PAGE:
Mid-day workout: I now go to the gym before lunch for an hour and half every day, either to play basketball or to lift. I've even turned down free lunch events because it overlapped with my gym time. *GASP* I know, right? Why was this helpful? For one, I feel like I'm in the best physical shape I have been for a while, which definitely helps me feel good about myself, especially during times where everything else is crap (running theme: how to have a good day when life is shit otherwise). The other benefit is that taking that midday break to do something active really helps the blood circulate to my brain again, because if there's anything I learned about myself during grad school, it's that I can't sit still for more than 3 hours and still be fully there mentally. I've tried various routines to overcome this, but working for 8 continuous hours a day always resulted in me dozing off for the second half of the day, no matter how many hours I've slept before or how many coffees I have. Midday nap doesn't even do me as much good as exercise. I think the combined effect of adrenaline and breathing more deeply is a much more natural stimulant for the brain, and it has to come during the early afternoon for me, because going to the gym at night after a long workday (during which I've fallen asleep many times at my desk) is doubly ineffective.
Waking up earlier: The awkward thing about exercising midday is that, of course, I'm now working like 5 hours a day instead of 7, even though those 5 hours are all good, focused hours. To compensate for this, I usually try to wake up early (like at 6 am) to put in two extra hours, have a late breakfast, and go to the office. Because I woke up SOOO early (6 is hella early for a grad student!), I get sleepy by 9pm, which means I'm in bed at grandma hours, and the virtuous cycle continues. I'm really digging the tripartite workday now (work, breakfast, work, gym + lunch, work), and the added benefit is that even if I'm completely unproductive on campus for whatever reason (meetings, teaching, etc), I still feel good about the 2 hours I got done before my day even started. The only thing this isn't good for is socializing on a weeknight, because it screws up the next morning.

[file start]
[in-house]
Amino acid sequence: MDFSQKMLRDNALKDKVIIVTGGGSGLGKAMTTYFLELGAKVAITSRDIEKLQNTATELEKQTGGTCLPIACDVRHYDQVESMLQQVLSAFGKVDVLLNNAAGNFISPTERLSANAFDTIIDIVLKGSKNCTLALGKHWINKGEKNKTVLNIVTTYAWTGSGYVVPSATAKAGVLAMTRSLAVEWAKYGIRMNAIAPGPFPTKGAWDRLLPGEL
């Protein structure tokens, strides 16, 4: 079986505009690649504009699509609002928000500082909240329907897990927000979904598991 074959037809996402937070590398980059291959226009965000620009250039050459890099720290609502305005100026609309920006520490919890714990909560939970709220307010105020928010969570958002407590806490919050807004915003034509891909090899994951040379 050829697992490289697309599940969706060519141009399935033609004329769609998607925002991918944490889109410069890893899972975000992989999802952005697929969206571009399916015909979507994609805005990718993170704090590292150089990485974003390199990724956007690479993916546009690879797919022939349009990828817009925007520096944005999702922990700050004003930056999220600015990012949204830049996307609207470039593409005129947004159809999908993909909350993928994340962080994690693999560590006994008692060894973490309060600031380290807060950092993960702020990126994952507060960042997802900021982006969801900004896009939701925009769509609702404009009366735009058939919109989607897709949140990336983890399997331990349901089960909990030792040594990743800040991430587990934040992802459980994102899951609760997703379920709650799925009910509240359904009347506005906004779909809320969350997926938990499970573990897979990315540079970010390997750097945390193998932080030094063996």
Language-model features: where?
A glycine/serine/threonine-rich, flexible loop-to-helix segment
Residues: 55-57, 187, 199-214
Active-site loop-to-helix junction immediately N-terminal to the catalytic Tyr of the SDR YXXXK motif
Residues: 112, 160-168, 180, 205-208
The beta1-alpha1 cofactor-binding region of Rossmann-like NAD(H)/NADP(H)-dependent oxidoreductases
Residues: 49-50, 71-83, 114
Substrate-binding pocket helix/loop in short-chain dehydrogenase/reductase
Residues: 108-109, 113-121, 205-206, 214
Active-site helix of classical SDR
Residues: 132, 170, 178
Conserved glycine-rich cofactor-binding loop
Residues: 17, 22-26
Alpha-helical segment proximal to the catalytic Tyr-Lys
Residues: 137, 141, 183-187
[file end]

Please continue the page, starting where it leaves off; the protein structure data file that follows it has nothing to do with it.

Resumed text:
Keeping a lab notebook: working on computational projects means I usually try many many things before something worthwhile happens, and sometimes a whole day has to be spent on things like debugging code, or learning some software package. All this means that a lot of work has to be done before I see any real results, and that feels bad. Also, I find myself always referring back to simulation or analyses I did in vague ways because I can't remember the details, but just remembering that it was interesting/important. So after the Nth time of that happening, I decided to keep track of my daily explorations and progress in Evernote. In hindsight, this makes a lot of sense, because that's what people in wet labs do. I guess I just felt that computational stuff happens so quickly that it's not worth writing down. But hey, even if it doesn't matter, seeing a full notebook definitely makes me feel good even if nothing concrete came out of it yet, and that, my friends, is the word of the day today.